dc.identifier.citationAssessing the viability of bacterial species in drinking water by combined cellular and molecular analyses. 2012, 63 (2):383-97 Microb. Ecol.en_GB
dc.identifier.issn1432-184X-
dc.identifier.pmid21845446-
dc.identifier.doi10.1007/s00248-011-9918-4-
dc.identifier.urihttp://hdl.handle.net/10033/244591-
dc.description.abstractThe question which bacterial species are present in water and if they are viable is essential for drinking water safety but also of general relevance in aquatic ecology. To approach this question we combined propidium iodide/SYTO9 staining ("live/dead staining" indicating membrane integrity), fluorescence-activated cell sorting (FACS) and community fingerprinting for the analysis of a set of tap water samples. Live/dead staining revealed that about half of the bacteria in the tap water had intact membranes. Molecular analysis using 16S rRNA and 16S rRNA gene-based single-strand conformation polymorphism (SSCP) fingerprints and sequencing of drinking water bacteria before and after FACS sorting revealed: (1) the DNA- and RNA-based overall community structure differed substantially, (2) the community retrieved from RNA and DNA reflected different bacterial species, classified as 53 phylotypes (with only two common phylotypes), (3) the percentage of phylotypes with intact membranes or damaged cells were comparable for RNA- and DNA-based analyses, and (4) the retrieved species were primarily of aquatic origin. The pronounced difference between phylotypes obtained from DNA extracts (dominated by Betaproteobacteria, Bacteroidetes, and Actinobacteria) and from RNA extracts (dominated by Alpha-, Beta-, Gammaproteobacteria, Bacteroidetes, and Cyanobacteria) demonstrate the relevance of concomitant RNA and DNA analyses for drinking water studies. Unexpected was that a comparable fraction (about 21%) of phylotypes with membrane-injured cells was observed for DNA- and RNA-based analyses, contradicting the current understanding that RNA-based analyses represent the actively growing fraction of the bacterial community. Overall, we think that this combined approach provides an interesting tool for a concomitant phylogenetic and viability analysis of bacterial species of drinking water.en_GB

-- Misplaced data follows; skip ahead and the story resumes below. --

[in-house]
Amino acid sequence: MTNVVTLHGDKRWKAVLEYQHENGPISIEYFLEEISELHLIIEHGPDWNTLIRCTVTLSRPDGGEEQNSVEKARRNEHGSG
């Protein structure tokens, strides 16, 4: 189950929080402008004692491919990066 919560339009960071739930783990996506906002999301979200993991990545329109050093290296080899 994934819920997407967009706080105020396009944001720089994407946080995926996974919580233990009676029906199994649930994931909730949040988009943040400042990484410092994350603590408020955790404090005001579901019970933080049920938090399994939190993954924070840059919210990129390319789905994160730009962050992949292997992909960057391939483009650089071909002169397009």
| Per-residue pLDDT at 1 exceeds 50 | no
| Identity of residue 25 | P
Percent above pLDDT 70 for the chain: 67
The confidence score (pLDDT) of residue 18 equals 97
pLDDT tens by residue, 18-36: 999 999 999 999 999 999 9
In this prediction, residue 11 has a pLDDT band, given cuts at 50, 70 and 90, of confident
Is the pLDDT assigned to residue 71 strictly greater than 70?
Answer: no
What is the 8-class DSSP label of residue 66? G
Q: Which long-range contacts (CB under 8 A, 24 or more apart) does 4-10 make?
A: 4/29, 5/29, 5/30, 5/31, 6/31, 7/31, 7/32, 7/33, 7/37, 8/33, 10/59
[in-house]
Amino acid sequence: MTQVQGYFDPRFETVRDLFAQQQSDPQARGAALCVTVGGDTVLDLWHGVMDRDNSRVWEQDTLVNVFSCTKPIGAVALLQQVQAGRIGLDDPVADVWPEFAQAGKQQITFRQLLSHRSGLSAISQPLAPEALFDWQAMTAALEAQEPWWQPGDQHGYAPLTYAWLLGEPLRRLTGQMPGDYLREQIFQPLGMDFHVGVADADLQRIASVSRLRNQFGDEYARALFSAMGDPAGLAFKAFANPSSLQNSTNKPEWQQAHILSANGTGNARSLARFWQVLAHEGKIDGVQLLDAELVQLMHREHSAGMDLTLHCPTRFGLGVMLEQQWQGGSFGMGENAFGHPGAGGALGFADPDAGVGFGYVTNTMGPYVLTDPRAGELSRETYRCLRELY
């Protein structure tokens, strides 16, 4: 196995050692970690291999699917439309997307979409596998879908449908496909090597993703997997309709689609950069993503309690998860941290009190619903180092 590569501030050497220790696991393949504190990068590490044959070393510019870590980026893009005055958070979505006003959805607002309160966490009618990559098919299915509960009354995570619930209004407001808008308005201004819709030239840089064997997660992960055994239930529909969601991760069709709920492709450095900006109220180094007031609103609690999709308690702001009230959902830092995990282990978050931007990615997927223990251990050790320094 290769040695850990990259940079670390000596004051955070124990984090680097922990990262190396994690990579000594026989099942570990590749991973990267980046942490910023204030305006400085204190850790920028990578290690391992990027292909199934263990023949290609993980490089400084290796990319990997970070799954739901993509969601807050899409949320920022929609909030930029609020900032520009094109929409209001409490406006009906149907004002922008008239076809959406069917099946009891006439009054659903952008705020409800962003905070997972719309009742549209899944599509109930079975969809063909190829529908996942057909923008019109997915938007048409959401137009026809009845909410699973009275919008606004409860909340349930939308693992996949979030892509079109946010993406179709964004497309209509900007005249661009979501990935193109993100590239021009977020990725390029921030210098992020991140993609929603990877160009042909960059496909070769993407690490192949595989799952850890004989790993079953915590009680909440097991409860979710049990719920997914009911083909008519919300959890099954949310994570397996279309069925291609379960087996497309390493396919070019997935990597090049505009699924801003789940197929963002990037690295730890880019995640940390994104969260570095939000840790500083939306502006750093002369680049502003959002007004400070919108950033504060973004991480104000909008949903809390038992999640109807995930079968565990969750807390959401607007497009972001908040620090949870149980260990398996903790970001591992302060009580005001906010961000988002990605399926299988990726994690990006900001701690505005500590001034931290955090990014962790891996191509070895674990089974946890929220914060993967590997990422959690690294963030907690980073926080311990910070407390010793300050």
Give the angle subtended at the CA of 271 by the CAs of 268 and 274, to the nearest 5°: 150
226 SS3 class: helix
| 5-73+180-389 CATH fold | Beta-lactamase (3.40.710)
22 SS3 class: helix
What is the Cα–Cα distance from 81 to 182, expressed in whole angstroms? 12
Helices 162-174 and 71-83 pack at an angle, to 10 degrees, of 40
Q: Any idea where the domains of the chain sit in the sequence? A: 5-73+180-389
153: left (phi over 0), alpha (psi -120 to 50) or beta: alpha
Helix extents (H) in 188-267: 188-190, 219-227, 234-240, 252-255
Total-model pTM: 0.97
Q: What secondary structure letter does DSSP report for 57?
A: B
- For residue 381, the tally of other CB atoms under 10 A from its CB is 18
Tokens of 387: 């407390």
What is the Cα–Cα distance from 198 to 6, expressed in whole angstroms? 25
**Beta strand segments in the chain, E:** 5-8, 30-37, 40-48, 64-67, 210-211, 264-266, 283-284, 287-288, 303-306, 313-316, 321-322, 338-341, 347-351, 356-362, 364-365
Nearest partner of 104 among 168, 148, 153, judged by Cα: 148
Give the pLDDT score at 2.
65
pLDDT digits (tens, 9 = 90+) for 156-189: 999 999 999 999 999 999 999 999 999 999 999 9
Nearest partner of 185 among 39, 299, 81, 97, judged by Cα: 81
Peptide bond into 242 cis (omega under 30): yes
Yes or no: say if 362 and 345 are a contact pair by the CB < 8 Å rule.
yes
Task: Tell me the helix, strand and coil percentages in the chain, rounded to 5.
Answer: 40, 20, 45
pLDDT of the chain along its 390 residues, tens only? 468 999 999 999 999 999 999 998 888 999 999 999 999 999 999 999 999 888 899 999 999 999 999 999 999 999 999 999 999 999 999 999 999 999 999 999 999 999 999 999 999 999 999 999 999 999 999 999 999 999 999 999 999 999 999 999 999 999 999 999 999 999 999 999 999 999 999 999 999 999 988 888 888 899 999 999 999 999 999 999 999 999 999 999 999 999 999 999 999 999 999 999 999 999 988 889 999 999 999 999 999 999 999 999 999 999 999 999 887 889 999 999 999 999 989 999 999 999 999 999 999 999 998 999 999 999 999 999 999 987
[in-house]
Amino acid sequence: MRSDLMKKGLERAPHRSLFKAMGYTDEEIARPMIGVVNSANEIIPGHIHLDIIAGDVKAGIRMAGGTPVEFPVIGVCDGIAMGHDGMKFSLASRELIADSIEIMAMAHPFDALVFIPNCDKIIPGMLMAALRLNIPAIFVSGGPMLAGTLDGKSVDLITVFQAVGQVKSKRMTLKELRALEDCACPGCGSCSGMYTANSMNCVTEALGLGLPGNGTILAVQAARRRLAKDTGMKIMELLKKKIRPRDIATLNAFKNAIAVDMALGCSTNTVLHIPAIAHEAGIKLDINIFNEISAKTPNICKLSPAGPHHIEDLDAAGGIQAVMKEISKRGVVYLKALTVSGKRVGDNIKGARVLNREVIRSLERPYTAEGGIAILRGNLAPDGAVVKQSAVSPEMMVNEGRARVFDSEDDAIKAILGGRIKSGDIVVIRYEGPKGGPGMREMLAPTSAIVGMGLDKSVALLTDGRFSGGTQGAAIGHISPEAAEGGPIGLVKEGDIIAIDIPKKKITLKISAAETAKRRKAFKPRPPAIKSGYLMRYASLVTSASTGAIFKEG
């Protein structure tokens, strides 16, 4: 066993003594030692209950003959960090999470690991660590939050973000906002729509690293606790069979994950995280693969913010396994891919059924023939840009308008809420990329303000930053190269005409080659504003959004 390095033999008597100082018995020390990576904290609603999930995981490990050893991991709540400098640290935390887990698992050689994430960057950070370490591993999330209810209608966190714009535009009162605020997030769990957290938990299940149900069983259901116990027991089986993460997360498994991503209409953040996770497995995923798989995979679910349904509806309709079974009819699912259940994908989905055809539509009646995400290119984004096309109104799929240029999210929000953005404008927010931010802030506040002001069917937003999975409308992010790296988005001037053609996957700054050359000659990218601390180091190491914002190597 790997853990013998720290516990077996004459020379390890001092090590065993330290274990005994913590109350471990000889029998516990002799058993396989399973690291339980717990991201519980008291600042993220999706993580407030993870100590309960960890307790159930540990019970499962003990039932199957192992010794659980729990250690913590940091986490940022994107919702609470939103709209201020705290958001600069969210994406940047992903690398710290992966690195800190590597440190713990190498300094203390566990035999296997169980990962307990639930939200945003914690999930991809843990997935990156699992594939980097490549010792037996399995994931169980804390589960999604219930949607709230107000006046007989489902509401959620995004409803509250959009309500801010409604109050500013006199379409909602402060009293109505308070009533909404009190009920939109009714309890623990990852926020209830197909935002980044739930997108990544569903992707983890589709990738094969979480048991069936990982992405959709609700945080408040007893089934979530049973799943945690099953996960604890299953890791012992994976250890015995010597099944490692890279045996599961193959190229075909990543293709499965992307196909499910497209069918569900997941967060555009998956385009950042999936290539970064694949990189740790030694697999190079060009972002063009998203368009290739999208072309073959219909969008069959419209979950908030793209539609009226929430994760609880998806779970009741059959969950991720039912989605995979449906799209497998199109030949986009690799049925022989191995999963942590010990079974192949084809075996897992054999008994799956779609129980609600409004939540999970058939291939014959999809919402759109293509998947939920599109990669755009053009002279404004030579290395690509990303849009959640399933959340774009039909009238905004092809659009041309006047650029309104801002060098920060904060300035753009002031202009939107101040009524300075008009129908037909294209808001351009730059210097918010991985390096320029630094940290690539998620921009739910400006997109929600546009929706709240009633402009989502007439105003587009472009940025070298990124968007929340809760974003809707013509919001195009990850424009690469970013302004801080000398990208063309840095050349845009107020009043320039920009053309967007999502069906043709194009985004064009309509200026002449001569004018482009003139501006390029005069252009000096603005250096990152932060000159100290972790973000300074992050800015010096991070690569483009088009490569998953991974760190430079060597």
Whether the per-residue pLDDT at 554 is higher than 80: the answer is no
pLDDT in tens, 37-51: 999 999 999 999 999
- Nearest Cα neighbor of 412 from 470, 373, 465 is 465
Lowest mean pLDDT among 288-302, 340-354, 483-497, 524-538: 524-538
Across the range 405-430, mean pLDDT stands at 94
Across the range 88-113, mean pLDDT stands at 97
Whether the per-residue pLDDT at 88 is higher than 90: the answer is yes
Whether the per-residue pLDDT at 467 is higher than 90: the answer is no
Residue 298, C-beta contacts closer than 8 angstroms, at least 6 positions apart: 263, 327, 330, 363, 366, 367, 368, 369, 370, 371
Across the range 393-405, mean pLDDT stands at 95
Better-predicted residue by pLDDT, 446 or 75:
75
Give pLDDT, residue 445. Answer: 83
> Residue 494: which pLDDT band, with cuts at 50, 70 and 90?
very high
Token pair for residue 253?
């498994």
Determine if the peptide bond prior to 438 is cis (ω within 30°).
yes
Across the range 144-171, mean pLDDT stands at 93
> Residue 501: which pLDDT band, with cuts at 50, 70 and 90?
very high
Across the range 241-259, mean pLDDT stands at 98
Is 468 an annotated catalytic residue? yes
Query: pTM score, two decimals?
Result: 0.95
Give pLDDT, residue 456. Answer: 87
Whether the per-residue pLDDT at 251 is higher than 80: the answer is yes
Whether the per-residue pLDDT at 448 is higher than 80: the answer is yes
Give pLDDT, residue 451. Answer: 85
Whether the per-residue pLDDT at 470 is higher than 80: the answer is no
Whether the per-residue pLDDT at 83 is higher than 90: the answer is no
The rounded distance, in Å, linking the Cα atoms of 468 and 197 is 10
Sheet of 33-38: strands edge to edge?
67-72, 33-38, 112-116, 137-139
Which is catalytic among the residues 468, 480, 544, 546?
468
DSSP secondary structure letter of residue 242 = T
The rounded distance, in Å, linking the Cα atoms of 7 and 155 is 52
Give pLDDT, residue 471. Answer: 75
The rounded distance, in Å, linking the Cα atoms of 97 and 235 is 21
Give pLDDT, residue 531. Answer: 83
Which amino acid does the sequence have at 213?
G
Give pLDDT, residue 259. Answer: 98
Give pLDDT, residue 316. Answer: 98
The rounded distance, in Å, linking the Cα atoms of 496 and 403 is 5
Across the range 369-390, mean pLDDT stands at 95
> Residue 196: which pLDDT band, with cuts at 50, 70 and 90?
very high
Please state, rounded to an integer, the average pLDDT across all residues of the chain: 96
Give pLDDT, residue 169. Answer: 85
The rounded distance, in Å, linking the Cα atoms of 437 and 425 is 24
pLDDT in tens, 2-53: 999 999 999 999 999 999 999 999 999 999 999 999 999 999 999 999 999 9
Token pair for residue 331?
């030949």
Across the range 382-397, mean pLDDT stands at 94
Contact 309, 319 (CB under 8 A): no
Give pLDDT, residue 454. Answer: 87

dc.language.isoenen
dc.rightsArchived with thanks to Microbial ecologyen_GB
dc.subject.meshBacteriaen_GB
dc.subject.meshColony Count, Microbialen_GB
dc.subject.meshDNA Fingerprintingen_GB
dc.subject.meshDNA, Bacterialen_GB
dc.subject.meshDrinking Wateren_GB
dc.subject.meshFlow Cytometryen_GB
dc.subject.meshMicrobial Viabilityen_GB
dc.subject.meshMolecular Sequence Dataen_GB
dc.subject.meshOrganic Chemicalsen_GB
dc.subject.meshPolymerase Chain Reactionen_GB
dc.subject.meshPolymorphism, Single-Stranded Conformationalen_GB
dc.subject.meshPropidiumen_GB
dc.subject.meshRNA, Bacterialen_GB
dc.subject.meshRNA, Ribosomal, 16Sen_GB
dc.titleAssessing the viability of bacterial species in drinking water by combined cellular and molecular analyses.en
dc.typeArticleen
dc.contributor.departmentDepartment of Vaccinology and Applied Microbiology, Helmholtz Centre for Infection Research, Inhoffenstrasse 7, 38124 Braunschweig, Germany.en_GB
dc.identifier.journalMicrobial ecologyen_GB